Beer-Can Chicken on a Plank

Serves 4 to 6
1 plank (hickory, oak and mesquite work well here, but cedar will also do), soaked overnight or for at least 1 hour
1 large, whole, free-range chicken (5 to 6 lb/2.2 to 2.7 kg)
3 tbsp.     45 mL        Championship Barbecue Rub (see recipe below)
1 12-oz    355 mL    can beer

Trim the excess fat from the bird.  Wash it under cold running water and pat it dry .  Sprinkle 1/3 of the rub inside the bird, and 1/3 on the outside.  Drink half of the beer and put the remaining rub in the can. (I'm not sure what this does, but that's what the recipe calls for.)

Preheat the grill on medium-high for 5 to 10 minutes or until the chamber temperature rises above 500 F (260 C).  Rinse the plank and place it on the cooking grate.  Cover the grate and heat the plank for 4 to 5 minutes, or until it starts to throw off a bit of smoke and crackles lightly.  Reduce the heat to low.
Shove the can inside the cavity of the chicken, taking care not to spill the beer.  Sit the chicken in the middle of the plank with its legs tucked in close to the can.  Cover the grill and cook for 1/2 to 2 hours or until the internal temperature at the thigh joint is 160 F (71 C).  Remove the chicken and transfer it, still with the beer can, onto a carving or serving platter.  Let it rest for 5 minutes, then carve it right off the can, as it were, and serve.

Championship Barbecue Rub

Makes 3 cups
1 cup        250 mL    white sugar
1/4 cup        50 mL        celery salt
1/4 cup        50 mL        garlic salt
1/4 cup        50 mL        onion salt
1/4 cup        50 mL        seasoning salt
1/3 cup    75 mL        chili powder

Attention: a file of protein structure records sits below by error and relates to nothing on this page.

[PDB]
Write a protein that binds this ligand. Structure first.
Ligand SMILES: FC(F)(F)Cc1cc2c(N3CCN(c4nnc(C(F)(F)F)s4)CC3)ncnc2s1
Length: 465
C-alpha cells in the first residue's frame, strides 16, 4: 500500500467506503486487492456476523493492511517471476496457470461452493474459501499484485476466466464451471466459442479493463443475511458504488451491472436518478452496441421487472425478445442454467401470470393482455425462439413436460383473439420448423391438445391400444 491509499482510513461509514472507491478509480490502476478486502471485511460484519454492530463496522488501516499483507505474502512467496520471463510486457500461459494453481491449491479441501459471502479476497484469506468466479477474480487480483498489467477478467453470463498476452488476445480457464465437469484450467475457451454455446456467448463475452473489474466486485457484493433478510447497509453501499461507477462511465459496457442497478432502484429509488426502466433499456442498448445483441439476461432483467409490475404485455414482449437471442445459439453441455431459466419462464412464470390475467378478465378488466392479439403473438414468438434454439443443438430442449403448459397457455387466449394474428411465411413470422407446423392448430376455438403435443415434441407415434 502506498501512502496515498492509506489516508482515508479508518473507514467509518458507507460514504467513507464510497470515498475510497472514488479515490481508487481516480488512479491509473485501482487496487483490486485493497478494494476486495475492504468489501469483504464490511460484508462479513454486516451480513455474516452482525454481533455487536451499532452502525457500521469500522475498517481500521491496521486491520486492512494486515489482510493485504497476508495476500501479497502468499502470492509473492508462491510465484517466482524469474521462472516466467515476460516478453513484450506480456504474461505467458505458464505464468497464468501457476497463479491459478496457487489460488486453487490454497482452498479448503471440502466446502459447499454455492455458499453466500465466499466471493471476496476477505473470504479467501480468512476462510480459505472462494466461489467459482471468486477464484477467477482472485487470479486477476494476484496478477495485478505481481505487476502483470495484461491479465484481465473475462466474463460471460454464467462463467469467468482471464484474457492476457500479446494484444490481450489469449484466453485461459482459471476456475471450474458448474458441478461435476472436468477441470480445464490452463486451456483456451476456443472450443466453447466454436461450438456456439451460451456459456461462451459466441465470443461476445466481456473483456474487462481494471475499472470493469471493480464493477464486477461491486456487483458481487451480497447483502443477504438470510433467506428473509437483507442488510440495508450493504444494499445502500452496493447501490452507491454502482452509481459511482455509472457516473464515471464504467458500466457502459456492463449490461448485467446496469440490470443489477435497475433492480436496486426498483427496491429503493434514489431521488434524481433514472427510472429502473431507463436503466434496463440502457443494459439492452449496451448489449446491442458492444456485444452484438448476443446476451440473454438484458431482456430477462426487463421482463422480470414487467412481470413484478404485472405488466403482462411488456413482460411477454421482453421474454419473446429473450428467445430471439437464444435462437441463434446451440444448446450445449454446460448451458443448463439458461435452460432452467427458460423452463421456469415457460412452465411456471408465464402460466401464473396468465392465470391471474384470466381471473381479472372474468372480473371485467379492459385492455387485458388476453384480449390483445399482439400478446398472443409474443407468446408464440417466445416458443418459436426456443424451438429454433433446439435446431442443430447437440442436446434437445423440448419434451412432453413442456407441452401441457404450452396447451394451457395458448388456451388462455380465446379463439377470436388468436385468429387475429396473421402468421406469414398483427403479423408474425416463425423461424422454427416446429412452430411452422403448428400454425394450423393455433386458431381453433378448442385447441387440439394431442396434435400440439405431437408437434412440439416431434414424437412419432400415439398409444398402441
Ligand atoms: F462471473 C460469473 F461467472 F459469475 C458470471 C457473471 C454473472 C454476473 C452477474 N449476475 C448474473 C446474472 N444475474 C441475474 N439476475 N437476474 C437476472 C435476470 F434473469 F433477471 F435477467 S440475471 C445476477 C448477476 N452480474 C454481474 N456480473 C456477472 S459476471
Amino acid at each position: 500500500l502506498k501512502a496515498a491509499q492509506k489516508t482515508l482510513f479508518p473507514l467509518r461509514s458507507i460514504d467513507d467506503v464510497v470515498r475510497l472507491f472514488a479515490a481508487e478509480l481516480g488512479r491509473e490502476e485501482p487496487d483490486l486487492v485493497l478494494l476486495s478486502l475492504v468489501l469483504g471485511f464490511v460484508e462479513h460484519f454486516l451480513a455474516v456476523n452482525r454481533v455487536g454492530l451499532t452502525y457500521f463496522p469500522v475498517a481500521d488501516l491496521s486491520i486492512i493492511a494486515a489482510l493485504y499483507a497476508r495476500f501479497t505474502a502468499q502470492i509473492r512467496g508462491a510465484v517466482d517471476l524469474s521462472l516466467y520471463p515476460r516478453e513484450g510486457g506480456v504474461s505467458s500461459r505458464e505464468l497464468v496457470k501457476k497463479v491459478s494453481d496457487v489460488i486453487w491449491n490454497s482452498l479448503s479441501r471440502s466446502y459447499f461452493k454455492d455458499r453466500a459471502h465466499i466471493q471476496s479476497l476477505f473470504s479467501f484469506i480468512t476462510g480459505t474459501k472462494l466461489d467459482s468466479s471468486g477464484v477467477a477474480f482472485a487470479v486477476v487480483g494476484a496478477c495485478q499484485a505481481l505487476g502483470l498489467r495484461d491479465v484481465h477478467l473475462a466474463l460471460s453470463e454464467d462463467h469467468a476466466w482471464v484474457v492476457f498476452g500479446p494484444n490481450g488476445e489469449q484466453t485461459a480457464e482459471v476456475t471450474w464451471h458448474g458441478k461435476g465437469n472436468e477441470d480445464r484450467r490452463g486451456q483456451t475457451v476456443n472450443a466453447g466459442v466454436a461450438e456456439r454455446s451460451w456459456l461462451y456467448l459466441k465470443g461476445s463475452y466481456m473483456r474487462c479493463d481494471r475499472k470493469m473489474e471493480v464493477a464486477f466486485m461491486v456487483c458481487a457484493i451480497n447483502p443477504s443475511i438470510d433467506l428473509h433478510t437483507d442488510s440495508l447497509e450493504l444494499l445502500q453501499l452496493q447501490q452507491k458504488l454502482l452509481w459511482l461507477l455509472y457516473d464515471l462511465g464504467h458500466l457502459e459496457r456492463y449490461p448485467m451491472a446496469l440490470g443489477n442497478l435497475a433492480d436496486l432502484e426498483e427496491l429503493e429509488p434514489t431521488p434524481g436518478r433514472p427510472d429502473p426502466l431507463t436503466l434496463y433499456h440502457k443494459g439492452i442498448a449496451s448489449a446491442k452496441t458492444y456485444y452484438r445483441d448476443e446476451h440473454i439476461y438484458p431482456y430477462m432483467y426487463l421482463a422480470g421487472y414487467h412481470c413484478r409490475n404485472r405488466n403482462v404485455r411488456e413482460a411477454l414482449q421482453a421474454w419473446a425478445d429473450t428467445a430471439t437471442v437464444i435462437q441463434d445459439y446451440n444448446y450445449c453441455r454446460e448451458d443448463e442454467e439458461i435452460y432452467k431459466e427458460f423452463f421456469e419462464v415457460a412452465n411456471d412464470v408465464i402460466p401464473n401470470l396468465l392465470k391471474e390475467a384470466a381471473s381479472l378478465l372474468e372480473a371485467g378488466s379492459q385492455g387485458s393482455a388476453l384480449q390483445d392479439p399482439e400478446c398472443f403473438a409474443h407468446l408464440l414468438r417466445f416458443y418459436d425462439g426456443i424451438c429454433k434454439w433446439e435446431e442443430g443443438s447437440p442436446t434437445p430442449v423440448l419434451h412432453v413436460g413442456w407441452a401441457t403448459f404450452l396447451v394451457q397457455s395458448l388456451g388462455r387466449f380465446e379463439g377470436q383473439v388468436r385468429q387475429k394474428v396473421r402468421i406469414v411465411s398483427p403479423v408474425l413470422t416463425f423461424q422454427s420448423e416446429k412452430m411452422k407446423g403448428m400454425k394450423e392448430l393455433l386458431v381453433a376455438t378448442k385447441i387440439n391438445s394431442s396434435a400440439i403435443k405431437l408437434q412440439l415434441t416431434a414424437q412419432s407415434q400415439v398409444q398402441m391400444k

1/3 cup    75 mL        black pepper
1/3 cup    75 mL        paprika

To this basic rub, add as much heat as you want by using cayenne pepper, hot paprika or ground chipotles.  Then add two or three signature spices to suit whatever you're cooking, or to your personal taste, such as powdered thyme, oregano, cumin, sage, powdered ginger, etc.  Add only 1 to 3 tsp. (5 to 15 mL) of each signature seasoning so as not to overpower the rub.  Mix well, seal in an airtight container and store in a cool, dry place.

Suggested Wine:  Australian Shiraz

An Australian shiraz falls into the category of being a red wine with forward fruity character with soft tannin and astringency.  Because the wine is not overbearing with tannin, it can be paired with any dish highlighting gentle heat and spice.  The wine's soft tannin also does not interfere with the sweetness from the dry rub.


The longer you soak the plank, the more likely it is to warp on the grill.  This can affect the final presentation of your dish.

Place a clean brick on the plank when it first hits the grill to keep it from warping.

Sprinkle a layer of kosher salt on the plank before adding the food.  This helps to keep the food from sticking to the plank.

For larger cuts of meat, use multiple planks and lay them across the grill.

Use sauce sparingly when planking meat.  Use it to glaze only.  Too much sauce can overtake the subtle smoky flavours induced from planking.

*Planking Secrets by Ron Shewchuk (Whitecap Books, Vancouver), is available in bookstores throughout North America.,  ISBN # 1-55285-761-1